The Universal Correspondent

malgudi Those were the days when I was struggling to establish myself as a journalist. They used to call me Universal Correspondent since I had no authority to represent any particular publication. Still, I was busy from morning till night, moving about on my bicycle or on my neighbor Sambu’s scooter. I was to be seen here and there, at municipal meetings, magistrates’ court, the prize distribution at Albert Mission, with a reporter’s notebook on hand and a fountain pen peeping out of my shirt pocket. I reported on all kinds of activities, covering several kilometers a day on my vehicle, and ended up at the railway station to post my dispatch in the mail van with a late fee – a lot of unwarranted rush since no news-editor sat fidgeting for my copy at the other end; but I enjoyed my self-appointed role, and felt pleased even if a few lines appeared in print as a space-filler somewhere.

I did not have to depend on my journalistic work for my survival. I belonged to one of those Kabir Street families, which flourished on the labors of an earlier generation. We were about twenty unrelated families on Kabir Steet, each having inherited a huge rambling house stretching from the street to the river at the back. All that one did was to lounge on the pyol, watch the street, and wait for the harvest from the tenants. We were a vanishing race, however: about twenty families on Kabir Street and an equal number in Ellamman Street, two spots where the village landlords had settled and built houses nearly a century back in order to seek the comforts of urban life and to educate their children at Albert Mission. Their descendants, so comfortably placed, were mainly occupied in eating, breeding, celebrating festivals, spending the afternoons in a prolonged siesta on the pyol, and playing cards all evening. The women rarely came out, being most of the time in the kitchen or in the safe-room scrutinizing their collection of diamond and silks.

This sort of existence did not appeal to me. I liked to be active, had dreams of becoming a journalist, I can’t explain why. I rarely stayed at home; luckily for me, I was a bachelor. (Another exception in our society was my neighbor Sambu, who, after his mother’s death, spent more and more of his time reading: his father, though a stanger to the world of print had acquired a fine library against a loan to a scholar in distress, and he had bequeathed it to his successor.)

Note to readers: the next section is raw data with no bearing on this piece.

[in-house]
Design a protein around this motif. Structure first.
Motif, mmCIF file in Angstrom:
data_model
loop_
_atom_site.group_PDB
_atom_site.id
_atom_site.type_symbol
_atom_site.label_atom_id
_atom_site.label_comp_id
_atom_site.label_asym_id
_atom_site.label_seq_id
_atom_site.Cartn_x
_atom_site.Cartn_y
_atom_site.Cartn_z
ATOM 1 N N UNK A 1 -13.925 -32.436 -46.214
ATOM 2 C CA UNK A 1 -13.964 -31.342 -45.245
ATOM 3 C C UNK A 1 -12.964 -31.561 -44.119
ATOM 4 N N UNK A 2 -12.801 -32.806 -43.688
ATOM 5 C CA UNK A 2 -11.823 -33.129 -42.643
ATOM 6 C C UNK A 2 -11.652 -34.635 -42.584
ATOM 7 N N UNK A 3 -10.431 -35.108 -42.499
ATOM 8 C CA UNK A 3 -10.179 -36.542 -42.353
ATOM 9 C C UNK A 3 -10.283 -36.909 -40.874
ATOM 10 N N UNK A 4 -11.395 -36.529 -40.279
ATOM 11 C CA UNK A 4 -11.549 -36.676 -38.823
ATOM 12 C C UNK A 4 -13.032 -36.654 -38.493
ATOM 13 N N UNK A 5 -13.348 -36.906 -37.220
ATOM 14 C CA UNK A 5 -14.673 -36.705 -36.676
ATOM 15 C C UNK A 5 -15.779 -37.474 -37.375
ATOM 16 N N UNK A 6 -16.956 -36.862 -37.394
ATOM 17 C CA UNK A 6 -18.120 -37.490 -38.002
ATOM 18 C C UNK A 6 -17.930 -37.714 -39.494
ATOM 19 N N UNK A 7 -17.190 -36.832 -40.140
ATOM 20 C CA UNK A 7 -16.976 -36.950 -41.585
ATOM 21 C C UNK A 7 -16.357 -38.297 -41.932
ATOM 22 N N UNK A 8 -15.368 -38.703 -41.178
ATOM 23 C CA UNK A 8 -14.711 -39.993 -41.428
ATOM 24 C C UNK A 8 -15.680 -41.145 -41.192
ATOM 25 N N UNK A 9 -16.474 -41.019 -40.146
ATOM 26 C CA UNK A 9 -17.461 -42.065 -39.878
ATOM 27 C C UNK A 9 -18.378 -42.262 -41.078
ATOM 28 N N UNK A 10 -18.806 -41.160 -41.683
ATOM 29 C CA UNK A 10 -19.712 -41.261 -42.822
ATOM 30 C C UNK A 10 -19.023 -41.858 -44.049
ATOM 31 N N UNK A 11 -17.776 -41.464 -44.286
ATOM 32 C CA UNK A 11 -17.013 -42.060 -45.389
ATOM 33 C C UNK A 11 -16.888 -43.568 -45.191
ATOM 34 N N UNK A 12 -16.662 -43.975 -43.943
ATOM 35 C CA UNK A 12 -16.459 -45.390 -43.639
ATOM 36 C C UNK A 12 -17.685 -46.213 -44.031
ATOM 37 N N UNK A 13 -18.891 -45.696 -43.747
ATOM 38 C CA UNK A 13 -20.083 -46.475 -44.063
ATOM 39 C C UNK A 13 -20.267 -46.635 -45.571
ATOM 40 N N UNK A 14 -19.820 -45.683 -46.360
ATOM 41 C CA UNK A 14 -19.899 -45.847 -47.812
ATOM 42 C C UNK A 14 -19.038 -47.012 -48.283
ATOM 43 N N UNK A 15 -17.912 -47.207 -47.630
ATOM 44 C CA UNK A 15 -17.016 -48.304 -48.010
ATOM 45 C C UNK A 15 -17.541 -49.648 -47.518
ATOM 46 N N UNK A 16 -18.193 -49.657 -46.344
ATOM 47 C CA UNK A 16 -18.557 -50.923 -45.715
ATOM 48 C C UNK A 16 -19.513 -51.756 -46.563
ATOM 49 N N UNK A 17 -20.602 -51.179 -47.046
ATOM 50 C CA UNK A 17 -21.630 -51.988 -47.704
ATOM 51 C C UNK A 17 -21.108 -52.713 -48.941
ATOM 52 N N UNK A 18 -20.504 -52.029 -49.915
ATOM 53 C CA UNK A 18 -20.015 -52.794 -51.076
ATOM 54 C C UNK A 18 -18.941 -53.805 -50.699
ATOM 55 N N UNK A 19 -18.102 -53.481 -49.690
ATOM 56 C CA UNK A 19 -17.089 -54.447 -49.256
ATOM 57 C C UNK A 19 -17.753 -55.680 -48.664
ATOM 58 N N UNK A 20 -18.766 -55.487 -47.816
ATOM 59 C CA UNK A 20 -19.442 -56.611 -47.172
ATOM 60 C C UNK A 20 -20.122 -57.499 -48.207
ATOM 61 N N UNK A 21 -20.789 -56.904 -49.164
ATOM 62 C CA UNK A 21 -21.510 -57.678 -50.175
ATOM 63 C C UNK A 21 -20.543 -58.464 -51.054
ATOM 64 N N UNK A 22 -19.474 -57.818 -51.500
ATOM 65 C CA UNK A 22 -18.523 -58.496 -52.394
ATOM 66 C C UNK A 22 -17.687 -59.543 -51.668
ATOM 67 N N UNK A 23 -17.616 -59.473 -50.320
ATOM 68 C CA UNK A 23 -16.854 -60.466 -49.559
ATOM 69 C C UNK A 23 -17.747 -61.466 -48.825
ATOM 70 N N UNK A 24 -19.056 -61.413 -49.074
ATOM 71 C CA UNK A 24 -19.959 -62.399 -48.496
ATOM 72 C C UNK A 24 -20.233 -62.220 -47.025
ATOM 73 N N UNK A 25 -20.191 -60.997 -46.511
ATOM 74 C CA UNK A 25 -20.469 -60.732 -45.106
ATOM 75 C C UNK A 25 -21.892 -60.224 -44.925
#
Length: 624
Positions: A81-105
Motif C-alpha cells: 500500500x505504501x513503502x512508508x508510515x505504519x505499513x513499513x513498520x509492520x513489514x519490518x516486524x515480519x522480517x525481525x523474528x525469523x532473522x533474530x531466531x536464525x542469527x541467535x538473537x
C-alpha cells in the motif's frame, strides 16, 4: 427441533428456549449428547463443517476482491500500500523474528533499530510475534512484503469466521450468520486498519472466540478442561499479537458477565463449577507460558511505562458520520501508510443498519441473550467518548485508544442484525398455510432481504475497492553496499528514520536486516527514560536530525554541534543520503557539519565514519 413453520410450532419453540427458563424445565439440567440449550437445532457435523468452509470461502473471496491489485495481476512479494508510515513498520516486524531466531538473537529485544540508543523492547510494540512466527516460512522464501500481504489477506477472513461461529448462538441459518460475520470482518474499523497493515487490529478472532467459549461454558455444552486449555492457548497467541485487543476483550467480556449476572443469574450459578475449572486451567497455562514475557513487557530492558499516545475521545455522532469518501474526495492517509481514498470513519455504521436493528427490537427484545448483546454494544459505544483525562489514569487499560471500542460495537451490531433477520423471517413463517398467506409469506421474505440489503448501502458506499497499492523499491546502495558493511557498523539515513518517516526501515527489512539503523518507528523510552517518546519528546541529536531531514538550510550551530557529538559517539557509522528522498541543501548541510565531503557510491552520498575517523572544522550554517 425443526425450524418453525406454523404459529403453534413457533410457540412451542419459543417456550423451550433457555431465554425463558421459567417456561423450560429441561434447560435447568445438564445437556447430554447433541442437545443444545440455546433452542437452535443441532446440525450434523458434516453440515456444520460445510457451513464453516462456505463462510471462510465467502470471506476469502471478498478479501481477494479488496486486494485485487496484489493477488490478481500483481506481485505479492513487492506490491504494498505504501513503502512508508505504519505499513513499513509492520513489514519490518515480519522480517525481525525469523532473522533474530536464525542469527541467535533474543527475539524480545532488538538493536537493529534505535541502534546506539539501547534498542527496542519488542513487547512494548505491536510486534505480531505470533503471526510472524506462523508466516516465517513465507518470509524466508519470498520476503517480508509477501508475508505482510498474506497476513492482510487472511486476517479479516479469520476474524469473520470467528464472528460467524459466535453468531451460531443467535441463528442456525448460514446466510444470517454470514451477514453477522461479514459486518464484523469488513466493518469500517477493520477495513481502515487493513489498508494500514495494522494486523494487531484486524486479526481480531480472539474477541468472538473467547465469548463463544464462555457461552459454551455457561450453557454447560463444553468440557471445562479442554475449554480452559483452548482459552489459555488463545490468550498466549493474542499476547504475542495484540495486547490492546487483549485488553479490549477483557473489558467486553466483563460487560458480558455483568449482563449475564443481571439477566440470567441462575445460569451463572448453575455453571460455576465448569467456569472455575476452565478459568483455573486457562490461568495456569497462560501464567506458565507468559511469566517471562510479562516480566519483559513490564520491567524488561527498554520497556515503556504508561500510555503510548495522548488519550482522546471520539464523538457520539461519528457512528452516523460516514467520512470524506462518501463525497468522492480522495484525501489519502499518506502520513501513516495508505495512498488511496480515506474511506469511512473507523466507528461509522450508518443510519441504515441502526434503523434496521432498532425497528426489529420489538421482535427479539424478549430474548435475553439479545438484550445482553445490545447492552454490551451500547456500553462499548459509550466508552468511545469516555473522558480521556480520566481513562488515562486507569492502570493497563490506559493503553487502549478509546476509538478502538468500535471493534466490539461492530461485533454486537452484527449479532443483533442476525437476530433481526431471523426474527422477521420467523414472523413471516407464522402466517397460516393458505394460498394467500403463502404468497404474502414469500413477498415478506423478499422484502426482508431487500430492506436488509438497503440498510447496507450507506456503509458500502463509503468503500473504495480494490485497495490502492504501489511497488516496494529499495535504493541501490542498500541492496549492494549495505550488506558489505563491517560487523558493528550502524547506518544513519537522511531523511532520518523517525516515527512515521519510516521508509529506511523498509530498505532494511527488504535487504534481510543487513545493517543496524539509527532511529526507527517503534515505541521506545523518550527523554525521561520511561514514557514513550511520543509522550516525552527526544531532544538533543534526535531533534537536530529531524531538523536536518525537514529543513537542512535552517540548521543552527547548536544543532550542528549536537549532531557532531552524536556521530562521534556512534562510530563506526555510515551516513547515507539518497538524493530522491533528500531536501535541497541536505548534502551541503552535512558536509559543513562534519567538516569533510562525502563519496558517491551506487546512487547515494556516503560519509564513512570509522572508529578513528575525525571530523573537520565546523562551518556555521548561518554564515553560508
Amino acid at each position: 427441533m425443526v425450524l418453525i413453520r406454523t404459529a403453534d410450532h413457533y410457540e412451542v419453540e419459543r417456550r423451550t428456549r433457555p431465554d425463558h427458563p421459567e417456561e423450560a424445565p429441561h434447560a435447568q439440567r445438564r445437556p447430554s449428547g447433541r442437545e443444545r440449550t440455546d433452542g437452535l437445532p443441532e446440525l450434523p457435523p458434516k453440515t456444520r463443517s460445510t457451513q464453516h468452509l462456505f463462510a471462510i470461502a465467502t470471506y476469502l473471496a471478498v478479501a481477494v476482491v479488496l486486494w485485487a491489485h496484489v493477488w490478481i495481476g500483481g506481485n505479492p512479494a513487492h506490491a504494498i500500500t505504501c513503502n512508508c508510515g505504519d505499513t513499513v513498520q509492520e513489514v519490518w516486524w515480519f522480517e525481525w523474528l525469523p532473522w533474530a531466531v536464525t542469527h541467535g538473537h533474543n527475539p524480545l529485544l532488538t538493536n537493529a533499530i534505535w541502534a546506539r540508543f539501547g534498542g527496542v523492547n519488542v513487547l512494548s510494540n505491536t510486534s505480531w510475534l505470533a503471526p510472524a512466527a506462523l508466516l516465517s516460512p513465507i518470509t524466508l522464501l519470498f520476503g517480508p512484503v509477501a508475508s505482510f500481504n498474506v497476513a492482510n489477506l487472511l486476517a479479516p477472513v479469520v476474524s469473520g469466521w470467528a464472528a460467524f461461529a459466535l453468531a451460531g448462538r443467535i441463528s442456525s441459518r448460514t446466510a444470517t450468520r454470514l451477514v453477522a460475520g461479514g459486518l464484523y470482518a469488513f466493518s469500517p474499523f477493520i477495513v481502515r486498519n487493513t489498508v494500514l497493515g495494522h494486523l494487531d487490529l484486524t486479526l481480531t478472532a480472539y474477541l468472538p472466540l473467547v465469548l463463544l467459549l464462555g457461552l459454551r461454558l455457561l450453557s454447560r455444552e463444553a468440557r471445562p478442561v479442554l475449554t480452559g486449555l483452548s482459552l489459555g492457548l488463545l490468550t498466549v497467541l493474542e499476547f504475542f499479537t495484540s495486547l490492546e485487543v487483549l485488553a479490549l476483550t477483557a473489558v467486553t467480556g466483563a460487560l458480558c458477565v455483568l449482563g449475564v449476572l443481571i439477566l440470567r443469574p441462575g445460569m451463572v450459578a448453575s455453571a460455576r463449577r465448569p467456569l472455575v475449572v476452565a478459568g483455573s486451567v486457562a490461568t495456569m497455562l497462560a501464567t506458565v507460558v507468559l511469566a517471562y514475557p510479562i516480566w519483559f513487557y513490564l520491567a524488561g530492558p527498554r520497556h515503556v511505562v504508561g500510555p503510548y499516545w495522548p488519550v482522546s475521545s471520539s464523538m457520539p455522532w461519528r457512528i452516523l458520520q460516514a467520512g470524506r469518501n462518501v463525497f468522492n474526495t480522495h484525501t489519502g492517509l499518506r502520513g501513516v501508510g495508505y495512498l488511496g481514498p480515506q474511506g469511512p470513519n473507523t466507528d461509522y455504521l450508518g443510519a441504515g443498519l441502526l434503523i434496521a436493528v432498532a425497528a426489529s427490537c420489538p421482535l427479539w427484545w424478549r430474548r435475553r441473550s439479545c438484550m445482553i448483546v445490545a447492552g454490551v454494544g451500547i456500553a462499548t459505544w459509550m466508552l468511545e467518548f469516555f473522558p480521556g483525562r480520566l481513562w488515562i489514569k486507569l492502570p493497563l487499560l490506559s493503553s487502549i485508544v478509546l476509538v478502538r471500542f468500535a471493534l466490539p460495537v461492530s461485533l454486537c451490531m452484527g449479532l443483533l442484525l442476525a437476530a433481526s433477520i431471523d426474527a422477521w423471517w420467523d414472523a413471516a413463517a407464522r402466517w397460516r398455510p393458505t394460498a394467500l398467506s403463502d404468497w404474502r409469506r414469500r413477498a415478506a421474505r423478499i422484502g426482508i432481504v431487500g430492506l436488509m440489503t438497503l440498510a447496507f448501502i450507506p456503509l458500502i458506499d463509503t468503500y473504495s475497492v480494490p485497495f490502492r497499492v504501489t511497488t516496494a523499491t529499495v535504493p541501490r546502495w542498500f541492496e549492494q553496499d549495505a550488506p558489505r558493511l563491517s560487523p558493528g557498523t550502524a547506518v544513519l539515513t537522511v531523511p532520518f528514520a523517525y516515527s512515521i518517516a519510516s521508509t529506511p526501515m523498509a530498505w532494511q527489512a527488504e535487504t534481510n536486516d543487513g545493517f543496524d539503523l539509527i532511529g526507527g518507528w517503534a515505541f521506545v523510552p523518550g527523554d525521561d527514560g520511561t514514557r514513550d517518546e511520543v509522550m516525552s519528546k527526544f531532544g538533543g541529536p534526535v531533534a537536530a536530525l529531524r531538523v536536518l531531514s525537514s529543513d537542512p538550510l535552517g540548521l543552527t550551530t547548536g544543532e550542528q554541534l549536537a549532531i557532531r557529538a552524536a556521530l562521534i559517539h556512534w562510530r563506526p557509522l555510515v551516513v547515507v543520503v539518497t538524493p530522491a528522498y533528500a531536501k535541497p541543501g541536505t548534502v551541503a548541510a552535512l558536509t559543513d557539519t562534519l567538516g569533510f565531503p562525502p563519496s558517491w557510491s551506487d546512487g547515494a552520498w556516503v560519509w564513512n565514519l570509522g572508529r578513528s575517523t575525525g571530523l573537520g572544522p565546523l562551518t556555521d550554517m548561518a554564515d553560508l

I noticed a beggar-woman one day, at the Market Gate with Siamese twins and persuaded my friend Jayaraj, photographer and framer of pictures at the Market Arch, to take a photograph of the woman, wrote a report on it and mailed it to the first paper which caught my attention at the Town Hall reading room. That was my starting point as a journalist.

Thereafter, I got into the habit of visiting the Town Hall library regularly to see if my report appeared in print.

…………….. Talkative Man, by R.K.Narayan

P.S. Like any respectable South Indian character, Talkative Man, is simply referred to by his initial T.M. But he does have a real name. We get to know that in The World of Nagaraj .

He stayed back beside the two coconut trees over the dry gutter at the entrance. The Talkative Man went up and knocked at the door. The pundit appeared and greeted him with apparent pleasure. ‘Oh Ramu!’ he cried. ‘Where have you been all these months? So rare nowadays!’